What's Wrong with the da Vinci Robot?
DeFatta isn't the only throat and neck cancer surgeon who is enthusiastic about the possibilities of the da Vinci.
"It is the paradigm shift in our treatment, with minimally invasive robotic surgery that leaves patients with improved ability to swallow and speak and function," Tod C. Huntley, MD, FACS, co-director of head and neck cancer services at St. Vincent's Health System in Indianapolis told me for an article in the January issue of HealthLeaders Magazine.
Patients are now discharged in less than five days as opposed to multiple weeks of inpatient recovery from the traditional surgery, Huntley says.
In his field, DeFatta says it appears the da Vinci robot will be increasingly put to use in surgeries for obstructive sleep apnea when it is caused by the collapse of the upper airway due to a large tongue base. He says patients that have the TORs procedure typically go home in two to three days, compared to 10 days with conventional surgery.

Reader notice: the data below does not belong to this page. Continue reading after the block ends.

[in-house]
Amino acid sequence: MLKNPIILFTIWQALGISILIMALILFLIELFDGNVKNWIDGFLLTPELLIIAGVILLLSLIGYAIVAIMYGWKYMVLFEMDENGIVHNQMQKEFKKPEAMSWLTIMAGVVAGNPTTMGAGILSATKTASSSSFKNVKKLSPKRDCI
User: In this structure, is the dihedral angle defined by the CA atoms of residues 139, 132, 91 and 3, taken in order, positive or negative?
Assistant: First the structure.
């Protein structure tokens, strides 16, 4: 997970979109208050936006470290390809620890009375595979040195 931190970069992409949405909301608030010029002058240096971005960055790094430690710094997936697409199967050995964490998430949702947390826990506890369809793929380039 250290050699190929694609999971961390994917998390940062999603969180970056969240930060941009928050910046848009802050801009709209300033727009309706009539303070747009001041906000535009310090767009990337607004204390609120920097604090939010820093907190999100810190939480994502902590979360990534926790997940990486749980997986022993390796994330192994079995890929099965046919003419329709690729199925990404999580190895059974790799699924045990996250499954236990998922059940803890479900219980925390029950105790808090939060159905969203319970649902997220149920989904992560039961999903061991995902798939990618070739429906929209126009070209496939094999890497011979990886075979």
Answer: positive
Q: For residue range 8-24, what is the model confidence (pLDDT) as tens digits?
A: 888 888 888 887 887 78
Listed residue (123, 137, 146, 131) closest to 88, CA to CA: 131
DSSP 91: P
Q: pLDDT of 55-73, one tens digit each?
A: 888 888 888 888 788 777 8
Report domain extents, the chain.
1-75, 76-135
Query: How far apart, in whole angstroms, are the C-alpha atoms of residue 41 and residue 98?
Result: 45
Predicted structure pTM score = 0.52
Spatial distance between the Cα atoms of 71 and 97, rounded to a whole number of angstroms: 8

In ECRI's opinion, the da Vinci is part of potential "costly robot wars" in healthcare. The organization's report says that although proponents tout the da Vinci's improved visualization capabilities, as well as its precision and dexterity, "real unanswered questions are how much value they add, and, more importantly, how and when they definitely improve patient care and long-term outcomes."
While ECRI cites cardiology and other procedures used with the da Vinci, it also mentions head and neck cancer surgery, where doctors say it appears to be opening doors to improve patient care.
But the robots are used in many procedures, and there are still unanswered questions about them, not unlike the incomplete scientific and artistic picture left by da Vinci the man. Despite ECRI's viewpoint, the enthusiasm expressed by certain surgeons using the device show that the full story of the medical robot is still incomplete. Much more needs to be studied, and written.
Joe Cantlupe is a senior editor with HealthLeaders Media Online.
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